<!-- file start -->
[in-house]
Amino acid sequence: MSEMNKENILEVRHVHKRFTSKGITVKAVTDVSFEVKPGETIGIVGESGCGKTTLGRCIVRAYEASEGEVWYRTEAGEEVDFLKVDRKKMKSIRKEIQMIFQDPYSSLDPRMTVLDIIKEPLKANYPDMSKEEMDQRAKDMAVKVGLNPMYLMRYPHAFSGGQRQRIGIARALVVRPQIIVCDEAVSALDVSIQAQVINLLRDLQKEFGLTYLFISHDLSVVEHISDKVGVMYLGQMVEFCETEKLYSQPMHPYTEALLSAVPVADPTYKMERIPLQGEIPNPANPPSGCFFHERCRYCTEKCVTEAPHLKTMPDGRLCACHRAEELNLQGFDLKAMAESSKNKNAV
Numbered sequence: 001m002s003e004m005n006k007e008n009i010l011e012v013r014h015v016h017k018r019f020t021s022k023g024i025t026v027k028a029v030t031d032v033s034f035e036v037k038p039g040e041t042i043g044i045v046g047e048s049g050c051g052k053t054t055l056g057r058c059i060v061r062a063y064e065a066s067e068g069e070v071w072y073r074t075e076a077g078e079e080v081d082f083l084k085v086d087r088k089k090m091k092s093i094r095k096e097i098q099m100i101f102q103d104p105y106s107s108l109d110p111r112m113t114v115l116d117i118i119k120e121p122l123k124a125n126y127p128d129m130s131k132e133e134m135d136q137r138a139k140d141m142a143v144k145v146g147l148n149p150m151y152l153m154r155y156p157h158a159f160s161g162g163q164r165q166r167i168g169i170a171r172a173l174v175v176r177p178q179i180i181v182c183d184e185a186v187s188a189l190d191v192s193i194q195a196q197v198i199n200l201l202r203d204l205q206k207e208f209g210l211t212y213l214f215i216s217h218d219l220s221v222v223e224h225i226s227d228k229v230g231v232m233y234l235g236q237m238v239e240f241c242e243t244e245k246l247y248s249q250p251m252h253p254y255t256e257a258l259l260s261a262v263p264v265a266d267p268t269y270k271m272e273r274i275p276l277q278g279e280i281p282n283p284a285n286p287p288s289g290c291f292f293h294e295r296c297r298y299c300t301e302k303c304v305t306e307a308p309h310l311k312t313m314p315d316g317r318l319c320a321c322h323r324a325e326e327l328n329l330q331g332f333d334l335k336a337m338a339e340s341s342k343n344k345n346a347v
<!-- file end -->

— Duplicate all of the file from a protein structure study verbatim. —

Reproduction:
[in-house]
Amino acid sequence: MSEMNKENILEVRHVHKRFTSKGITVKAVTDVSFEVKPGETIGIVGESGCGKTTLGRCIVRAYEASEGEVWYRTEAGEEVDFLKVDRKKMKSIRKEIQMIFQDPYSSLDPRMTVLDIIKEPLKANYPDMSKEEMDQRAKDMAVKVGLNPMYLMRYPHAFSGGQRQRIGIARALVVRPQIIVCDEAVSALDVSIQAQVINLLRDLQKEFGLTYLFISHDLSVVEHISDKVGVMYLGQMVEFCETEKLYSQPMHPYTEALLSAVPVADPTYKMERIPLQGEIPNPANPPSGCFFHERCRYCTEKCVTEAPHLKTMPDGRLCACHRAEELNLQGFDLKAMAESSKNKNAV
Numbered sequence: 001m002s003e004m005n006k007e008n009i010l011e012v013r014h015v016h017k018r019f020t021s022k023g024i025t026v027k028a029v030t031d032v033s034f035e036v037k038p039g040e041t042i043g044i045v046g047e048s049g050c051g052k053t054t055l056g057r058c059i060v061r062a063y064e065a066s067e068g069e070v071w072y073r074t075e076a077g078e079e080v081d082f083l084k085v086d087r088k089k090m091k092s093i094r095k096e097i098q099m100i101f102q103d104p105y106s107s108l109d110p111r112m113t114v115l116d117i118i119k120e121p122l123k124a125n126y127p128d129m130s131k132e133e134m135d136q137r138a139k140d141m142a143v144k145v146g147l148n149p150m151y152l153m154r155y156p157h158a159f160s161g162g163q164r165q166r167i168g169i170a171r172a173l174v175v176r177p178q179i180i181v182c183d184e185a186v187s188a189l190d191v192s193i194q195a196q197v198i199n200l201l202r203d204l205q206k207e208f209g210l211t212y213l214f215i216s217h218d219l220s221v222v223e224h225i226s227d228k229v230g231v232m233y234l235g236q237m238v239e240f241c242e243t244e245k246l247y248s249q250p251m252h253p254y255t256e257a258l259l260s261a262v263p264v265a266d267p268t269y270k271m272e273r274i275p276l277q278g279e280i281p282n283p284a285n286p287p288s289g290c291f292f293h294e295r296c297r298y299c300t301e302k303c304v305t306e307a308p309h310l311k312t313m314p315d316g317r318l319c320a321c322h323r324a325e326e327l328n329l330q331g332f333d334l335k336a337m338a339e340s341s342k343n344k345n346a347v